There were a lot of voices calling for treaty change at the “State of Europe” event last week. This was perhaps not surprising; many see “more Europe” as a solution to the current crisis, and would like to see the treaties opened up to allow deeper integration between member states. What was perhaps somewhat surprising, however, was the number of nominally “Eurosceptic” voices that have been joining that call.
In the UK, long seen as a bastion of ardent Euroscepticism, the Conservative Chancellor of the Exchequer, George Osborne, spoke recently of the importance of Eurozone members accepting the “remorseless logic” that monetary union inevitably leads to deeper fiscal integration, and said he believes “there may be a treaty change imposed in the next year or two.”
Could treaty change be an opportunity for the United Kingdom to renegotiate its relationship with the EU, and repatriate certain powers – particularly over social and employment policy? This is certainly the view of some British Conservative MPs, who have begun researching which policy areas might be up for grabs.
Debating Europe spoke to British Conservative MP Peter Lilley, and asked him if he agreed with George Osborne about the “remorseless logic” of monetary union. Does Europe have a choice? Or must the EU, as Debating Europe reader Protesilaos argues, move along the path towards full fiscal union?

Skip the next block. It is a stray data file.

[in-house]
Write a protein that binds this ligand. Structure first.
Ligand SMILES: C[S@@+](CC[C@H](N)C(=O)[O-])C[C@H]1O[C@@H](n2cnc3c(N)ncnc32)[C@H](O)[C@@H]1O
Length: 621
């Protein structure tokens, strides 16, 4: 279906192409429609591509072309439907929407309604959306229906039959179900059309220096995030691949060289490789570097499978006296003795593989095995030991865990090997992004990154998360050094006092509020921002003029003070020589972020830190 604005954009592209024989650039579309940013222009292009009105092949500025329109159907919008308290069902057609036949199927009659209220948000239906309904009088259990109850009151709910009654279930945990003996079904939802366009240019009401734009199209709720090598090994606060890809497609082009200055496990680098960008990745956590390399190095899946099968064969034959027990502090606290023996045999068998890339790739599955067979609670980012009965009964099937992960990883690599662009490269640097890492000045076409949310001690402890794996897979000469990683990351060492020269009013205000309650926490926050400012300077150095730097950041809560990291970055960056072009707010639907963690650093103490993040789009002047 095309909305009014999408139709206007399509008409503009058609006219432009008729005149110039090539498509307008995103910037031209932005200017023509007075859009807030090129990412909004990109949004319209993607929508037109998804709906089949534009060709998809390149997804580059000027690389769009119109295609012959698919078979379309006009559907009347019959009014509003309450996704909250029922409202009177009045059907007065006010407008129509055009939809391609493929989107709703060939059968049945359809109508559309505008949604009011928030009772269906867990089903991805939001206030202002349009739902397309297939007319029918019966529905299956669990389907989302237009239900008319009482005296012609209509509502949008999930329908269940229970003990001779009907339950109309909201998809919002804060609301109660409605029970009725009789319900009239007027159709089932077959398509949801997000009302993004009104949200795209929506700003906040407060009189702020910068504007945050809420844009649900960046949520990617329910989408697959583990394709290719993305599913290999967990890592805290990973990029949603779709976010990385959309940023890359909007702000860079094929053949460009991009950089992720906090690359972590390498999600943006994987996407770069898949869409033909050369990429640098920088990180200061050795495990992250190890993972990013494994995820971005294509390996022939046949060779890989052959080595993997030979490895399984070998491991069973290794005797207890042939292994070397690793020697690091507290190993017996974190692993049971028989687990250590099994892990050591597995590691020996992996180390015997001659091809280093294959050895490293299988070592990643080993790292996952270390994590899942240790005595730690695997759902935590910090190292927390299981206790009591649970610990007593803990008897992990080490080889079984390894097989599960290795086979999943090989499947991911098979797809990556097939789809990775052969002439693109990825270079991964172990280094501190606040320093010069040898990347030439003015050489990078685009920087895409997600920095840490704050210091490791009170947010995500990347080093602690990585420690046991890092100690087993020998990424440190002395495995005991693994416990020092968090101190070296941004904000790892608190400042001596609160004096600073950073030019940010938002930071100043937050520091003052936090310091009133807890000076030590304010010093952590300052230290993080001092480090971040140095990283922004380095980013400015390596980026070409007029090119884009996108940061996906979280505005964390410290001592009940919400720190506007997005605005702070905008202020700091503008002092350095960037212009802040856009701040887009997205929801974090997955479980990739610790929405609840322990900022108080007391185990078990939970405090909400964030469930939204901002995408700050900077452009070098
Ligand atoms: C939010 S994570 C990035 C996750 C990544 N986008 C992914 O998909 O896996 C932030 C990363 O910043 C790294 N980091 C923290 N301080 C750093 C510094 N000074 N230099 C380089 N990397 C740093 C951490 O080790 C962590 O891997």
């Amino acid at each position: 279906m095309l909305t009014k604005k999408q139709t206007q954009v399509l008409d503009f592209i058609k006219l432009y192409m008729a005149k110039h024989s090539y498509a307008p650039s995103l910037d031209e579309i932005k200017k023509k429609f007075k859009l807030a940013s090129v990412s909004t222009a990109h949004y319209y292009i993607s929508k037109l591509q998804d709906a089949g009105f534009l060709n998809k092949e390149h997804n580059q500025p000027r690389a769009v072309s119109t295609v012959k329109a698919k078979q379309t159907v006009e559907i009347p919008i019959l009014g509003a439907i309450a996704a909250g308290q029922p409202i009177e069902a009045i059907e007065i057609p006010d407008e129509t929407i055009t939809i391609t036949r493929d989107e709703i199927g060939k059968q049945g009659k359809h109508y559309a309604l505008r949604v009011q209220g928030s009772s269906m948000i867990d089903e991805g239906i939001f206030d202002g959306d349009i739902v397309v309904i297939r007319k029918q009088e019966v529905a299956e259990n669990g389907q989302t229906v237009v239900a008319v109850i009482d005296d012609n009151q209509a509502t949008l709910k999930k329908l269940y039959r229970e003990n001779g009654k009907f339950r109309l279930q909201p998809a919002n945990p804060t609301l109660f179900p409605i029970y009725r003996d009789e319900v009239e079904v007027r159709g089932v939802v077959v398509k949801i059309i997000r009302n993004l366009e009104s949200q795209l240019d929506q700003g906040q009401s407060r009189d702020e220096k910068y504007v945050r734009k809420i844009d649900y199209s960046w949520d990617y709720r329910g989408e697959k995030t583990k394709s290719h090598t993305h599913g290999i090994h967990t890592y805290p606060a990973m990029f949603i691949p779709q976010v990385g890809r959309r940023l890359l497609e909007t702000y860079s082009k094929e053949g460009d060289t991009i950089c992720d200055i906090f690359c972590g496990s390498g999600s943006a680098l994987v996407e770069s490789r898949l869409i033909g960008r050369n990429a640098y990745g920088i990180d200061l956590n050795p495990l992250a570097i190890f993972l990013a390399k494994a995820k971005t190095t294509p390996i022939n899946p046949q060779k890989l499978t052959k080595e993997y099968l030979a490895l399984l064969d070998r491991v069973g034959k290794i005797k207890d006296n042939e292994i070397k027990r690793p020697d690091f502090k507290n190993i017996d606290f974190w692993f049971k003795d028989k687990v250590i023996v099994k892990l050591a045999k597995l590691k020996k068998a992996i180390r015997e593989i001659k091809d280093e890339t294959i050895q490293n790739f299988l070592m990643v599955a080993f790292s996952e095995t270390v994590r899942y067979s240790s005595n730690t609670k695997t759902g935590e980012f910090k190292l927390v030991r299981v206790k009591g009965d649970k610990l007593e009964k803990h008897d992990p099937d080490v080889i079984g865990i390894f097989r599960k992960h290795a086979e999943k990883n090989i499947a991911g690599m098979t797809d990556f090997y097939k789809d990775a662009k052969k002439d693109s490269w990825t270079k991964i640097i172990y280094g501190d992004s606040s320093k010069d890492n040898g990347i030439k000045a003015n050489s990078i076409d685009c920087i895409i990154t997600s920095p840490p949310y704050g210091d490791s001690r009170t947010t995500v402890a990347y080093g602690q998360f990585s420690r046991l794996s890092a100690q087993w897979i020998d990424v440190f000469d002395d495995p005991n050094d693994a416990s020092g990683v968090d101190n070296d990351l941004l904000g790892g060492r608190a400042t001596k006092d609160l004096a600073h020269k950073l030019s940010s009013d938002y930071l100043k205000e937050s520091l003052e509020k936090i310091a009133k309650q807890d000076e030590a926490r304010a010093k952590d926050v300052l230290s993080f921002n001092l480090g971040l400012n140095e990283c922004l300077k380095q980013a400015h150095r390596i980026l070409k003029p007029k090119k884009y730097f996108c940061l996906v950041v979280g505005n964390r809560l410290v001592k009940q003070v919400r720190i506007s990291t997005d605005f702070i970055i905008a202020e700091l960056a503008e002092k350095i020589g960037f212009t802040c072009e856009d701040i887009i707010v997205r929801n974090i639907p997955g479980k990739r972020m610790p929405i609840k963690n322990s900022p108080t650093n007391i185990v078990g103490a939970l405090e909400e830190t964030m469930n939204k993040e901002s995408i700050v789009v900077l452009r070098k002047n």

No, it does have a choice. It can’t stay where it is, that’s true; there has never been a single currency without powers to tax, spend, regulate, etc. The euro hasn’t got those powers, that’s why it’s in trouble. But it has a choice: it either has to go down the route of the closer fiscal integration needed to manage a currency, or it has to face up to reality and effectively probably shrink to a narrower zone – shrinking down to a more managable core. There is a case for a single currency covering some of the countries of Northern Europe.
Would repatriation of powers be enough, though? There are those calling for a full UK exit of the EU. Would a limited repatriation of powers be enough to satisfy them?
It would put the people who want to leave the European Union entirely on the back foot, it would weaken their position if there was a process to get back powers that don’t need to be at the EU level. The principle of localism, the principle of our coalition, is in line with the repatriation of powers from Brussels. Once that principle was conceded – even if some people then said we should go the whole hog and pull out of the EU – it would kill, not dead, but certainly fatally weaken their case.
What do YOU think about the UK renegotiating powers away from the EU? Is it fair for the UK to receive special treatment in this way? Or should other countries start renegotiating powers as well? Would a two-speed Europe be the solution? As reader David Fuzzey argued earlier on Debating Europe, perhaps “no country or people should be required to go any further than they wish”. What do YOU think? Let us know in the form below and we’ll take your comments and ideas to policy-makers and experts for their reaction.